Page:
Pet Preparedness in a Disaster
Everybody should have an emergency plan in the event of unforeseen disaster. And if you’re a pet owner, your disaster preparedness should consider their health, safety, and well-being as well. It may seem obvious, but not everybody thinks of it. So here’s a list of tips for pet owners to consider when making emergency preparedness plans.
Any emergency preparedness plan involves starting at the beginning, which is to say, consider based on climate, topography, and geography, which types of disasters are most likely, and plan accordingly. For example, if you live in an area that is prone to certain natural disasters, such as tornadoes, earthquakes or floods, the majority of your preparations should be specific to those kinds of events. In many cases the safest thing to do in an emergency is to stay home so let’s consider some tips for ensuring safety in the home.
Being prepared in the home
- Determine the most structurally sound buildings and make those your safe havens. These will be rooms that are free of hazards such as windows, and excessive shelves along the walls.
- Utility rooms, bathrooms and basements are typically good safe zones because they are easy to clean and they offer access to water, provided that plumbing systems aren’t compromised. Access to fresh water is important.
- If flooding is one of the more likely disasters in your area, pick the highest location in your home as a safe haven. Either that or a room with access to counters or high shelves where pets can take refuge.
Be able to identify your pet in case something happens
- If your pet is lost in the chaos of an emergency, his or her ID tags are their ticket home. Make sure all tags are up-to-date and securely fastened to their collar. If possible, attach the address and/or phone number of your evacuation site. Also consider micro-chipping your pets.
- Keep a current photo of your pet in your emergency essentials kit.
- Included your cell phone number on your pet’s personalized collar or tags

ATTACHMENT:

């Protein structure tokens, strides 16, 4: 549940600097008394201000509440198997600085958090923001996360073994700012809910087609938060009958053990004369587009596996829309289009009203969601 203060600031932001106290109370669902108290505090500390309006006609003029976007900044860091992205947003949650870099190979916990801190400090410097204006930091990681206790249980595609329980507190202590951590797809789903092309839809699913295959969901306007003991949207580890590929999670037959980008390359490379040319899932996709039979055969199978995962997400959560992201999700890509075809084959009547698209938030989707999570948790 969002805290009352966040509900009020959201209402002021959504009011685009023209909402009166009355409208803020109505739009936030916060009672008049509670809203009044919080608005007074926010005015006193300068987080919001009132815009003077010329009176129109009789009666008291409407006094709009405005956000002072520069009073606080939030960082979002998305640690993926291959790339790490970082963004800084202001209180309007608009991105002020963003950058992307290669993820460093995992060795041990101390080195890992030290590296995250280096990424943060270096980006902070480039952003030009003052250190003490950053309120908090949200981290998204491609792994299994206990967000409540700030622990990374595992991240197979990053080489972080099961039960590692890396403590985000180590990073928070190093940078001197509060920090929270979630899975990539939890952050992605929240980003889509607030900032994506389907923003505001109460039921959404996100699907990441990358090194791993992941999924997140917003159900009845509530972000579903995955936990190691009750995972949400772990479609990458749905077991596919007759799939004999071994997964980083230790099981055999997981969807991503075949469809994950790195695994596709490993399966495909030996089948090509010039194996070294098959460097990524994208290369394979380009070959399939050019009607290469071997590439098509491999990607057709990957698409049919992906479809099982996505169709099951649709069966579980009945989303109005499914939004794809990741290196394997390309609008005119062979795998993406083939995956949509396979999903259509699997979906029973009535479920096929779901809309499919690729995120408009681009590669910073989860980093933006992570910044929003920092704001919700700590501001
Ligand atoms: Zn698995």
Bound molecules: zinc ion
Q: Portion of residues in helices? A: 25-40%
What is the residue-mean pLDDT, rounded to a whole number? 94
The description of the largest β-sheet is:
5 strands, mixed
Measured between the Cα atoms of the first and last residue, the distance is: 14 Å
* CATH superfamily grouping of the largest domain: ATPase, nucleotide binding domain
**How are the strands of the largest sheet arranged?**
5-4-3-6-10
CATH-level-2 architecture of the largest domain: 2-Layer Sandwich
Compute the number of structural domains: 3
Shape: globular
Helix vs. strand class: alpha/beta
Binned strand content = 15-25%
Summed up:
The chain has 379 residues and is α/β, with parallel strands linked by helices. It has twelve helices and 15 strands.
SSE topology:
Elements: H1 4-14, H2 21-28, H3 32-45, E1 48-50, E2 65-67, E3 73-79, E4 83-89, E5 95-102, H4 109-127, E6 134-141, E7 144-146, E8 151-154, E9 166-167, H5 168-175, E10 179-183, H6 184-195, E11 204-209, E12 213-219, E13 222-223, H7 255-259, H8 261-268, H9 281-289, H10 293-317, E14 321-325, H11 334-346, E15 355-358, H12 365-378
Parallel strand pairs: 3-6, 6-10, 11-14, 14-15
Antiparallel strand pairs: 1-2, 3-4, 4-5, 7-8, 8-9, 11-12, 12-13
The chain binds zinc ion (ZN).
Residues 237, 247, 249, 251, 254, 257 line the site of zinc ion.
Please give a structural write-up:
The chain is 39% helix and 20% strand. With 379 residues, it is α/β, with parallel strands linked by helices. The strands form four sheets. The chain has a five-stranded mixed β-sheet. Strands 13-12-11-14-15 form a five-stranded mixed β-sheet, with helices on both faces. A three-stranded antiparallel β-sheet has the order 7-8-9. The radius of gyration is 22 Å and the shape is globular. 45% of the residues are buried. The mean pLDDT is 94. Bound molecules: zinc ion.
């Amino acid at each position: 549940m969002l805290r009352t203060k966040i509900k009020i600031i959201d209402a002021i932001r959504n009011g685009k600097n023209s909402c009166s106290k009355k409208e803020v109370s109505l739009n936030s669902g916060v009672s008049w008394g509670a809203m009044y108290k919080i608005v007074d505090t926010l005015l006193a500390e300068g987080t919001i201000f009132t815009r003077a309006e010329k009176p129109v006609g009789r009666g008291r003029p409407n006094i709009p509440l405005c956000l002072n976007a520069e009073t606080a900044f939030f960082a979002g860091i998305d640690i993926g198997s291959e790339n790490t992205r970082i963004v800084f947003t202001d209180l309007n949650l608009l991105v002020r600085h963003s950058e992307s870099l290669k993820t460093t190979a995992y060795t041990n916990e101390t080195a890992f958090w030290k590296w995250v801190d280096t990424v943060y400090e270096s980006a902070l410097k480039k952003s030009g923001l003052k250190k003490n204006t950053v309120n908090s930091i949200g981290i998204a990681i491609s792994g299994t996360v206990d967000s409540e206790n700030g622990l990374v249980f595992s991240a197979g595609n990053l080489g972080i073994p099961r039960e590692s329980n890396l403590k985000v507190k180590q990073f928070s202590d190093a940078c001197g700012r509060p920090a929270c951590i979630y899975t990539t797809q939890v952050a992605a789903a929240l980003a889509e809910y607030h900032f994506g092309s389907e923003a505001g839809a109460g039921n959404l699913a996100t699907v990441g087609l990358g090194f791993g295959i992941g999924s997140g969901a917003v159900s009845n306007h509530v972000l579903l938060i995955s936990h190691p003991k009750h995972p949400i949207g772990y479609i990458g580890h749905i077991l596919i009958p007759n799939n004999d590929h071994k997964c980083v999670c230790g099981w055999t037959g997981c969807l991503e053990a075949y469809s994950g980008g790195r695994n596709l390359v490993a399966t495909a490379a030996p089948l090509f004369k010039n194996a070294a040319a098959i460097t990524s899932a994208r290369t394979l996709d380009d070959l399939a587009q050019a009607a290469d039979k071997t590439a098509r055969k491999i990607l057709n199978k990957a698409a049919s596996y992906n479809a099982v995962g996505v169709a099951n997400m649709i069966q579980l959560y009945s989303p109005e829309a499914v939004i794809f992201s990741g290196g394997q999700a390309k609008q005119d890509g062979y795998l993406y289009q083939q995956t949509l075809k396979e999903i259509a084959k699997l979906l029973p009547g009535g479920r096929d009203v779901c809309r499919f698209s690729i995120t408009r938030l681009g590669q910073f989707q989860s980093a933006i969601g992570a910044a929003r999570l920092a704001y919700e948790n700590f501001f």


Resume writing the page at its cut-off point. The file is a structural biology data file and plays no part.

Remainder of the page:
You’re the caretaker so an emergency for you is an emergency for them
Not only is it important for you to prepare your own emergency food storage, and supplies, it’s also important to prepare an emergency kit specific to your pets needs, like a blanket made of fleece fabric for them to sleep on. Here are a few other items you might want to include:
Manual can opener
First aid kit and other medical supplies
Find a place to stay in advance
When an emergency occurs, public health concerns take precedence over most other things. Sometimes those public health concerns mean pets are excluded from consideration. That’s why it’s important to identify a place to stay in advance. Some emergency shelters are not allowed to accept pets as occupants. Here are some tips to consider.
- Locate motels and hotels in your immediate area that allow pets well in advance of needing them. There are guides that list hotels and motels according to which ones are pet-friendly.
- Include your local animal shelter in your list of emergency numbers.
- Keep a secure pet carrier on hand, as well as a leash and/or harness to make sure they can’t escape if they panic.
After the disaster
Pets continue to need special care even after the disaster is over. If the disaster forces you to leave town, you must take your pets with you. They aren’t likely to survive on their own. In the aftermath, pets may be a little rattled for a while and their behavior may change. But, as long as you leash them when they go outside, always maintain close contact while they reacquaint themselves with their environment, and make sure they steer clear of any new hazards they may encounter due to changes caused by the disaster, they should recover in no time at all.
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